I Love Thee – Swimflying, Family and Gluten-free Biscuits

by Alan Johnston, Pottsville

I have two sisters and a brother, all older. A few weeks ago the younger of my sisters and I discovered that we both ‘swimfly’ in our dreams. We were quietly sharing together after not having seen each other for ten years. It was a beautiful point of connection. Swimflying is dream-flying – using your arms and legs in easy swim strokes to stay aloft and glide.

For decades I have seen very little of my siblings as they all live interstate. We haven’t been close.

Our family has a thread of haemophilia recessively running through each generation – making my father, for one, very cautious and fearful. He had seen two of his brothers bleed to death from relatively minor accidents. This and other influences engendered an ingrained sense of separateness amongst us all.

However, when my brother (who I hadn’t seen in twenty years) recently asked me if I would attend his seventieth birthday, it felt right to go.

My family (like most) tries to ‘bridge’ or relate through shared stories. It turned out that there were two birthdays happening on consecutive days, and by the afternoon of day two the stories were treacle thick. Things I had long forgotten, chapters from the family mythology. I observed myself lapse into the contradiction of ‘withdrawing’ into extroversion, making jokes, keeping it light, all the while feeling the disconnection inside me. An old habit, how I have always avoided feeling the discomfort of not really staying with myself, readily downshifting into my personality to meet ‘what is expected’.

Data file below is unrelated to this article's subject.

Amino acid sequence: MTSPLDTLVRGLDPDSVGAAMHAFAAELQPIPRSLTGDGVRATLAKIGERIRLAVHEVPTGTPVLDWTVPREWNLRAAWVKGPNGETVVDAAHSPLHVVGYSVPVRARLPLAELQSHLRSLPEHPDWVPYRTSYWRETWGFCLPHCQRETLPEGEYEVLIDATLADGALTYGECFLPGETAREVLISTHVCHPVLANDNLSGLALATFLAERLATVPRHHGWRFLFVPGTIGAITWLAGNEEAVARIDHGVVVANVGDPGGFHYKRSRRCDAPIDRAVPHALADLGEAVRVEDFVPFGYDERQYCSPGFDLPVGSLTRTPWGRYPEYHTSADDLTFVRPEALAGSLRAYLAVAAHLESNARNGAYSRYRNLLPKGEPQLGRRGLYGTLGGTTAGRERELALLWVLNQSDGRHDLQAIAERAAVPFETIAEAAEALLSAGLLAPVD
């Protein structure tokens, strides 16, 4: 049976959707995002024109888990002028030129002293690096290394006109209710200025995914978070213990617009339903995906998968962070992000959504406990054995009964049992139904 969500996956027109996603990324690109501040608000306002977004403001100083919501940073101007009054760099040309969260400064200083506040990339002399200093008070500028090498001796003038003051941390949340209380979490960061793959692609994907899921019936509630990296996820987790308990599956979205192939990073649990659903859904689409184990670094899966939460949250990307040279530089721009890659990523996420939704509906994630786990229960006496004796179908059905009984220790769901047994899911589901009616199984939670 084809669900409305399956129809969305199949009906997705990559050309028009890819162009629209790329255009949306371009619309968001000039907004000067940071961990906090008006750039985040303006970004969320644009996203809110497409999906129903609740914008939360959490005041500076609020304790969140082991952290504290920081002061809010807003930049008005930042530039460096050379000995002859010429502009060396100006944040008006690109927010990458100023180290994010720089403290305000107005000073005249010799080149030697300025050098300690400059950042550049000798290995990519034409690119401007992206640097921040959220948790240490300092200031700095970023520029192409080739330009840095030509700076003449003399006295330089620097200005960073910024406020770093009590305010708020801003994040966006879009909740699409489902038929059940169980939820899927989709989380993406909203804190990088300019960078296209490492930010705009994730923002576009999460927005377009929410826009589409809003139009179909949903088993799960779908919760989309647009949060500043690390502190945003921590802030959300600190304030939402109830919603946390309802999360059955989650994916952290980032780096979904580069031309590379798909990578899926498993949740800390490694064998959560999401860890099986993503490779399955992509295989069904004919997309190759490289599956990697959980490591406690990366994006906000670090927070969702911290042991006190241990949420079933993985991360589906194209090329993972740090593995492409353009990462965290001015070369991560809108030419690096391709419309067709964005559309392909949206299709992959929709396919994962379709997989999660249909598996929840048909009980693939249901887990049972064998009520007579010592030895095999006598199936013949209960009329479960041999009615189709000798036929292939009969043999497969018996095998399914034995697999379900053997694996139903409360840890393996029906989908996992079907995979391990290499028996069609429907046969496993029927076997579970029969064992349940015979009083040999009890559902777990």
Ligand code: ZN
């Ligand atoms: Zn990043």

Around then, my sister-in-law – she who never speaks in gatherings – proffered some gluten-free biscuits she had clearly bought for me. This plainsong act of love was dearly felt, offering a simple reconnection.

So where does Universal Medicine come in, and how is all this different from the way I was living before I engaged with Serge Benhayon and Universal Medicine?

Well firstly, I probably would never have gone to my brother’s birthday, instead finding some reason to not attend. I would more than likely have not given myself the space to feel what felt ‘right’. Too preoccupied. Next, my ability to be with my sister, just listening and connecting and not trying to tell her how it is, has come through my own ‘homecoming’.

Homecoming (noun) – coming home to my own sense of wellbeing or love, in which wholeness there is no ‘out there’ to perform for, just an inclusiveness best expressed by the words I sometimes quietly utter to myself – ‘I love Thee’ – and the Thee is me in fullness.

625 thoughts on “I Love Thee – Swimflying, Family and Gluten-free Biscuits

  1. This is true poetry Alan: “coming home to my own sense of wellbeing or love, in which wholeness there is no ‘out there’ to perform for, just an inclusiveness best expressed by the words I sometimes quietly utter to myself – ‘I love Thee’ – and the Thee is me in fullness.” Your way with words shows the silkiness and ease of the soul in expression.